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Joachim-Friedrich Huth

 

Joachim-Friedrich Huth

Joachim-Friedrich Huth
Born (1896-07-31)31 July 1896
Neuhof
Died 27 March 1962(1962-03-27) (aged 65)
Koblenz
Allegiance German Empire German Empire (to 1918)
Weimar Republic Weimar Republic (to 1920)
Nazi Germany Nazi Germany (to 1945)
West Germany West Germany
Service/branch Cross-Pattee-Heraldry.svg Luftstreitkräfte
Balkenkreuz.svg Luftwaffe (Wehrmacht)
Bundeswehr Kreuz.svg Luftwaffe (Bundeswehr)
Years of service 1914–1920
1934–1945
1956–1961
Rank Oberleutnant of the Reserves
Generalleutnant
Generalleutnant
Commands held ZG 26 "Horst Wessel"
Battles/wars World War II
Awards Knight's Cross of the Iron Cross

Joachim-Friedrich Huth (31 July 1896 – 27 March 1962) was a German soldier serving in the Luftstreitkräfte during World War I, in the Luftwaffe during World War II and Luftwaffe of the Bundeswehr in post World War II Germany. Huth retired from the military service in 1961 holding the rank of Generalleutnant.

Biography

Joachim-Friedrich Huth was born on 31 July 1896 in Neuhof and entered military service in the Imperial German Army shortly before the outbreak of World War I, on 13 July 1914. He was promoted to Leutnant on 4 January 1915 and served as platoon leader and company chief in the Infanterie-Regiment Nr. 58 (58th infantry regiment). He was injured three times. He transferred to the Luftstreitkräfte in June 1917 and claimed his first aerial victory on 28 January 1918. He was severely injured on 23 February 1918, losing his right lower leg.[1] Huth was awarded both classes of the Iron Cross (1914) and the Knight's Cross to the House Order of Hohenzollern with Swords during the war.[1]

Oberleutnant Huth left the military service after the war. The treaty of Versailles had imposed severe restrictions on Germany's military strength and had denied Germany an air force. With Adolf Hitler's rise to power and the remilitarisation of Germany, Huth reentered the military service of the Luftwaffe on 1 March 1934, holding the rank of Hauptmann. He became the Geschwaderkommodore of the Zerstörergeschwader 26 "Horst Wessel." Huth earned the Knight's Cross of the Iron Cross (Ritterkreuz des Eisernen Kreuzes) on 11 September 1940 in this position for the successful leadership of his fighter wing in the Battle of France and Battle of Britain. In August, 1940, a military dispatch mentioned him by name for his wing's success in shooting down 51 enemy aircraft.[2]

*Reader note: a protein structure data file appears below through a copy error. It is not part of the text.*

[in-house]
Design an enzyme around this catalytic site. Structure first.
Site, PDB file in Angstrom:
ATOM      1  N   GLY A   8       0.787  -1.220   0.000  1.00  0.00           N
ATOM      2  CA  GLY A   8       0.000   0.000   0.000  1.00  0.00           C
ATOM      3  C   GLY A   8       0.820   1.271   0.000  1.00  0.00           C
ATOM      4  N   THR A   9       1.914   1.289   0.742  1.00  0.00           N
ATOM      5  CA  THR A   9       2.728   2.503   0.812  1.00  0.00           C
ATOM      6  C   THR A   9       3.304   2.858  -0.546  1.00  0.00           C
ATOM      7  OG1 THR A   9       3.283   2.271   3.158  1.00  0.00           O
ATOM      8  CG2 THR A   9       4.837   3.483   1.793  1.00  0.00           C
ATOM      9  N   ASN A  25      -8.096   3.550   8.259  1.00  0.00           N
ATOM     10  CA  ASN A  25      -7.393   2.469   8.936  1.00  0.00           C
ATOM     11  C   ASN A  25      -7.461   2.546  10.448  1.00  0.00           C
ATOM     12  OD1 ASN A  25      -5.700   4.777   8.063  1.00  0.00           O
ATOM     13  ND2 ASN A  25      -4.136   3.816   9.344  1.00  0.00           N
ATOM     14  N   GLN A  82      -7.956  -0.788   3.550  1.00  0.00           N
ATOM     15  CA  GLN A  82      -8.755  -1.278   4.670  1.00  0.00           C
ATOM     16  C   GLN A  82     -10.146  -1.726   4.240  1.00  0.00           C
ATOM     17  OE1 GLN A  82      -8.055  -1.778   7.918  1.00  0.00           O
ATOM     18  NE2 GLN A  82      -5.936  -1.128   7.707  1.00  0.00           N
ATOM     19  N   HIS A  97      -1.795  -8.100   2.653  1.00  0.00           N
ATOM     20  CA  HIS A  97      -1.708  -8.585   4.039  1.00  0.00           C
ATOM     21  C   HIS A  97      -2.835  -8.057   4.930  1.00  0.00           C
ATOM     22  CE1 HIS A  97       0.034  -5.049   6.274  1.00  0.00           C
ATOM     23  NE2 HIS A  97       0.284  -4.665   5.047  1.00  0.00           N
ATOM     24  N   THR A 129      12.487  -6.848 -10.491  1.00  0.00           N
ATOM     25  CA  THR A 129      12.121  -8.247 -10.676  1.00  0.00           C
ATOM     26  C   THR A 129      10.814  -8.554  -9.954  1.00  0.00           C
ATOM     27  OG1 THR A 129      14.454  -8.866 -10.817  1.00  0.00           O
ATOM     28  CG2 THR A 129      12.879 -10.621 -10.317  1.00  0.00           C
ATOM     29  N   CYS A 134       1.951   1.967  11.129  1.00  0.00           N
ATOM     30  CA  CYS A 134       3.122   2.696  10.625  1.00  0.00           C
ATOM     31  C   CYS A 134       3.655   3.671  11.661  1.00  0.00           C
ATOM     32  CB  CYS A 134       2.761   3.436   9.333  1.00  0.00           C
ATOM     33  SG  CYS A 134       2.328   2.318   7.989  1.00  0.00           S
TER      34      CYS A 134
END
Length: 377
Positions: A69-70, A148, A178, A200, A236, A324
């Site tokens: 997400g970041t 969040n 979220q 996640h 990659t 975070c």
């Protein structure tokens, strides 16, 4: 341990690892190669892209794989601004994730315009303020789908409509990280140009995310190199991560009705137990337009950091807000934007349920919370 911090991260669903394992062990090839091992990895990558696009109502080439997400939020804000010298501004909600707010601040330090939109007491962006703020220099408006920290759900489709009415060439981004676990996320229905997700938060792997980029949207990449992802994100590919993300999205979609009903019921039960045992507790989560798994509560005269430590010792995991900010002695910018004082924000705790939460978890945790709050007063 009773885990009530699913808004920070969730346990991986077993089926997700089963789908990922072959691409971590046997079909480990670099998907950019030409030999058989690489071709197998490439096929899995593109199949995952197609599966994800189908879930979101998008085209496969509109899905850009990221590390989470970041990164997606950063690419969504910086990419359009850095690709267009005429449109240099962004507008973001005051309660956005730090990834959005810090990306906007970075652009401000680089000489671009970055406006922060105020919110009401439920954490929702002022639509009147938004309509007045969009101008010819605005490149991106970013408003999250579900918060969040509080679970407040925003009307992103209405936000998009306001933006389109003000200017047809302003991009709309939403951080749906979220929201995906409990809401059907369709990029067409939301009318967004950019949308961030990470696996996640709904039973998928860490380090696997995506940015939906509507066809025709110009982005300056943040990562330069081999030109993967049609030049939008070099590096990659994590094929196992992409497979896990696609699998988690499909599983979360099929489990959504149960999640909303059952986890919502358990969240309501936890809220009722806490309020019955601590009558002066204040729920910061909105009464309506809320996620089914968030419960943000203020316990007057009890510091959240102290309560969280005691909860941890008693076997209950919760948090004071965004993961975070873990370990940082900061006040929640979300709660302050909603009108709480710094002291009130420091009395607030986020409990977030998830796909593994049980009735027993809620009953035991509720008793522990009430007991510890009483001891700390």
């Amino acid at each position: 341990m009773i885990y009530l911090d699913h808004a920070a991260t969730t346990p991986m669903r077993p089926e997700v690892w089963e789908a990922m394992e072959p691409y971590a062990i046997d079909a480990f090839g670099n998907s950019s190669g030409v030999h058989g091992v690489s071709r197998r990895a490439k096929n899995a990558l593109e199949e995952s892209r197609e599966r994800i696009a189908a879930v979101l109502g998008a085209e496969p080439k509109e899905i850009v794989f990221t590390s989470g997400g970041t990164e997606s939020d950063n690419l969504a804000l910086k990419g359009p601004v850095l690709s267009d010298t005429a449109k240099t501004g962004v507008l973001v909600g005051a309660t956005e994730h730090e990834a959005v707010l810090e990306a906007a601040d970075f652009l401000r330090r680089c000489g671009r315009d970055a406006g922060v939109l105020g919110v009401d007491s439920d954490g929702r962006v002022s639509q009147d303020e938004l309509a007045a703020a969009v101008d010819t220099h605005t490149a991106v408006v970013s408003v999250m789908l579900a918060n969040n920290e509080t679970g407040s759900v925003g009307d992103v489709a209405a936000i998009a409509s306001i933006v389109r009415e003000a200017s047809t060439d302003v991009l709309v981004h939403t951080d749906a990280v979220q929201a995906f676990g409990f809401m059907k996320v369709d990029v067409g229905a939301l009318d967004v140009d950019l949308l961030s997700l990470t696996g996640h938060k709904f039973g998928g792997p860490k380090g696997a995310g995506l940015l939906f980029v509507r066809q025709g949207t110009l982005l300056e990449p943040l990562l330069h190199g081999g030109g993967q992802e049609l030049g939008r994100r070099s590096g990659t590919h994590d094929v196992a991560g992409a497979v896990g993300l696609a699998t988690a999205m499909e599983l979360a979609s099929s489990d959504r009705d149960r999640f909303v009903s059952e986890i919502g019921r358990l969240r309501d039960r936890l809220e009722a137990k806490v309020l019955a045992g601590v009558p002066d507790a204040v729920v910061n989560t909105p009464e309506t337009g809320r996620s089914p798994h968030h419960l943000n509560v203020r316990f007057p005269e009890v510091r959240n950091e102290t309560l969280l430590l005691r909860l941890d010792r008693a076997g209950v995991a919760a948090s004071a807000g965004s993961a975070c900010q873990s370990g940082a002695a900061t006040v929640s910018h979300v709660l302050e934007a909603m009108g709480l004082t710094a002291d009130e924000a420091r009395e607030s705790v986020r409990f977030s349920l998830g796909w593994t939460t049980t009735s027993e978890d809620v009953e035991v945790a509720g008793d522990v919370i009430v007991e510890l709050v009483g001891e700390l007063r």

Generalleutnant Huth commanded various fighter divisions from 1942 until 1944 before taking command of the 1. Jagdkorps (1st Fighter Corps) on 26 January 1945. He held this position until the end of the war, when he was taken prisoner by the British forces. He was released in 1946.[1]

In 1956 Huth joined the Bundeswehr after the remilitarisation of the Federal Republic of Germany, holding the rank of Generalmajor. He led the Luftwaffe school at Fürstenfeldbruck and, until his retirement, the Luftwaffengruppe Süd (Air Force Group South) in Karlsruhe. Huth retired on 30 September 1961 with a Großer Zapfenstreich (Grand Tattoo) holding the rank of Generalleutnant. Huth died half a year later on 27 March 1962 in Koblenz.[1]

Awards

Reference in the Wehrmachtbericht

Date Original German Wehrmachtbericht wording Direct English translation
Monday, 19 August 1940 An mehreren Stellen entwickelten sich heftige Luftkämpfe, in deren Verlauf unsere Zerstörer und Jäger dem Feind schwere Verluste beibrachten. Das Zerstörergeschwader "Horst Wessel" unter der Führung seines Kommodore, Oberstleutnant Huth, schoß allein an diesem Tage 51 Flugzeuge ab.[2] Heavy aerial battles broke out in many places. Our destroyers and fighters infringed heavy losses on the enemy during their course. The destroyer wing "Horst Wessel," under the leadership of their commodore, Oberstleutnant Huth, alone shot down 51 aircraft on this day.

References

This article incorporates information from the revision as of 5 August 2009 of the equivalent article on the Deutsch World Heritage Encyclopedia.
Citations
Bibliography

External links

  • Joachim-Friedrich Huth @ geocities
Military offices
Preceded by
Oberst Kurt-Bertram von Döring
Commander of Zerstörergeschwader 26 Horst Wessel
14 December 1939 – 1 November 1940
Succeeded by
Oberst Johann Schalk
Preceded by
Generalmajor Theo Osterkamp
Commander of Jagdfliegerführer 2
1 August 1941 – 16 August 1942
Succeeded by
Oberstleutnant Karl Vieck
Preceded by
none
Commander of 4. Jagd-Division
17 August 1942 – 10 November 1943
Succeeded by
Generalmajor Werner Junck
Preceded by
Oberst Harry von Bülow-Bothkamp
Commander of 5. Jagd-Division
11 November 1943 – 5 February 1944
Succeeded by
Generalmajor Karl Hentschel
Preceded by
unknown
Commander of 7. Jagd-Division
6 February 1944 – 30 November 1944
Succeeded by
unknown
Preceded by
Generleutnant Joseph Schmid
Commander of 1. Jagd-Korps
30 November 1944 – 26 January 1945
Succeeded by
disbanded

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